Missing Child Legislation Pushes Through to TN House Committee

“Evelyn Boswell’s Law” Passed Through The House Criminal Justice Subcommittee On Wednesday And Will Go Before Full House Committee Next Week.

Tennessee Capitol Building in Nashville

Image Credit: TBI & capitol.tn.gov

Published March 5, 2021

Nashville, TN – Tennessee House Bill 384, also known as ‘Evelyn Boswell’s Law” passed through the House Criminal Justice Subcommittee on Wednesday. The bill will go before the full House Committee next week.

The bill is sponsored by State Representative John Crawford of Kingsport. It was previously passed by the House last year, when the primary sponsor was Representative Timothy Hill of Blountville, who did not return to the legislature this year. However, it did not go through the Senate.

Named for Sullivan County toddler Evelyn Boswell, a fifteen-month-old who disappeared and was later found dead, the legislation will revise the current law in regards to reporting a child as missing.

The current law requires that a parent or guardian must “report the child to a police or sheriff’s office, Tennessee bureau of investigation, or any law enforcement officer” if they know or suspect that a child for which they are responsible for is missing, and they must provide all available, relevant facts to assist in locating the child.

The proposed legislation would stipulate that parents and guardians must make that report within no more than 24 hours after determining that the child is missing. This would apply for all minors ages 12 and under.

Failure to do so would result in a Class A misdemeanor. Conviction would come with a $2,500 fine and possible jail time of 11 months and 20 days. If the child is later found to have bodily harm or to be dead, it would become a Class C felony with a punishment of a $10,000 fine and up to 15 years in jail.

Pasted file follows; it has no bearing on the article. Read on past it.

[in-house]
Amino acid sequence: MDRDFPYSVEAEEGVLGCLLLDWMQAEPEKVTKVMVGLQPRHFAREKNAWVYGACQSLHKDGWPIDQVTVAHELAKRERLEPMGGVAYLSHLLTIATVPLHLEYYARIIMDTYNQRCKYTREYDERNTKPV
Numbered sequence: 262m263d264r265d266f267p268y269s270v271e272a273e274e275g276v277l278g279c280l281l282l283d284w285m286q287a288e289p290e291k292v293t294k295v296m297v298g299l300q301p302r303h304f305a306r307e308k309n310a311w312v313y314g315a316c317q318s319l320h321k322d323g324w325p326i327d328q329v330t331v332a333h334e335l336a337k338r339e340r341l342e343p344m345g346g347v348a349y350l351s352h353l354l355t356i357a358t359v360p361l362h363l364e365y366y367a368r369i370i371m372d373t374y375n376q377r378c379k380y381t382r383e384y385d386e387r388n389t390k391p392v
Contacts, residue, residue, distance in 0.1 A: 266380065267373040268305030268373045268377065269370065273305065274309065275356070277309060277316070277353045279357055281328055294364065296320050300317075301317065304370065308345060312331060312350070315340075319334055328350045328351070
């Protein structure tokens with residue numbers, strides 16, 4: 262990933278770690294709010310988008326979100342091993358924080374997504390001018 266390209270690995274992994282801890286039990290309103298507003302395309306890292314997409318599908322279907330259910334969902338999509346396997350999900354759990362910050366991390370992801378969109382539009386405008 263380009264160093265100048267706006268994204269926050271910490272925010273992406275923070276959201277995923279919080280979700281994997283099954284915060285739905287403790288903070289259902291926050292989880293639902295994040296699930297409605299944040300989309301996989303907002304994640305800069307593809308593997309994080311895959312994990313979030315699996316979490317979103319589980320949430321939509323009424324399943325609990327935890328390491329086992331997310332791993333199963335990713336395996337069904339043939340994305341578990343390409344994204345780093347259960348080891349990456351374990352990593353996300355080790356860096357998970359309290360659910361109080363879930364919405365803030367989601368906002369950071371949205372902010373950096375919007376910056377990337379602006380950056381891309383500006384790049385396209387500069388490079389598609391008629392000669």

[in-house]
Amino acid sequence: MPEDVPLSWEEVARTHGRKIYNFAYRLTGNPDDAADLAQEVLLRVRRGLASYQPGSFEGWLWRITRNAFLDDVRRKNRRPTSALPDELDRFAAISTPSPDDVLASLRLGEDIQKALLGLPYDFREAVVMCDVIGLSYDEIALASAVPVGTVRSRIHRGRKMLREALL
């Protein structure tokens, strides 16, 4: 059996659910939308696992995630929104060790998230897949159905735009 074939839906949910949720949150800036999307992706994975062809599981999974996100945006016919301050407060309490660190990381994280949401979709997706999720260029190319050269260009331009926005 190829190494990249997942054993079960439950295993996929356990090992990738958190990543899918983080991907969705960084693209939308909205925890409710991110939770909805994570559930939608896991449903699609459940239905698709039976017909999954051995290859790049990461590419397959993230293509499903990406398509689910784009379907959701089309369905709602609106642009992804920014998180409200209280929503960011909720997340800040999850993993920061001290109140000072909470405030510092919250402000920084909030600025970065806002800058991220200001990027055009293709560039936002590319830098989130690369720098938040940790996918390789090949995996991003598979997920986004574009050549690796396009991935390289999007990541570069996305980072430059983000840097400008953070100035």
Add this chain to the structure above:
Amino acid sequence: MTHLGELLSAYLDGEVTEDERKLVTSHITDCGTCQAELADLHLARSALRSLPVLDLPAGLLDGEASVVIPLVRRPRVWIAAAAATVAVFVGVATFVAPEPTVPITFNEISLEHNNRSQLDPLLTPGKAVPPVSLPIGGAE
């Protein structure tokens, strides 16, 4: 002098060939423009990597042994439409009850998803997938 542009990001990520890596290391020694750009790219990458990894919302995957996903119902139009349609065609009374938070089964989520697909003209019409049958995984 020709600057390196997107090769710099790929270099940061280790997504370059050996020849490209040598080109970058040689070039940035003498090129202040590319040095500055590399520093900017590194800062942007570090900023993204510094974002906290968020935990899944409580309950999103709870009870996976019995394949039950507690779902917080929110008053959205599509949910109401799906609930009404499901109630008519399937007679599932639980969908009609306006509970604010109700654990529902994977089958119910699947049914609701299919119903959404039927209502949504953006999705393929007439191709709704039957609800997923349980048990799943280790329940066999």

The bill also allows for prosecution of anyone making a false report against a parent for failing to report a missing child.

It has been determined that the economic impact of the bill would not be significant. The percentage of unreported missing children who are not returned home within the 24 hour window would not result in enough Class A misdemeanor prosecutions to cause a financial impact to local governments.

Evelyn Boswell was reported missing on February 18, 2020, by her grandfather. It was later determined that she had been last seen around Thanksgiving 2019. After a nationwide search, her body was found in March 2020 on the property of Evelyn’s mother, Megan Boswell.

Megan Boswell, 18, never reported her daughter to be missing. She now faces 19 felony charges, including aggravated child abuse, aggravated child neglect, and felony murder.

Crawford told subcommittee members that Evelyn’s parents did “everything they could to give our local law enforcement and TBI the runaround. They were told she was with the grandmother in North Carolina. They were told she was with friends traveling on vacation. All this time, the little girl had already been passed.”

The corresponding Senate Bill is sponsored by Senator Jon Lundberg of Bristol. It has been referred to the Senate Judiciary Committee.

Tennessee is a mandatory reporting state. Anyone who suspects that a child is being harmed should report it to the proper authorities.

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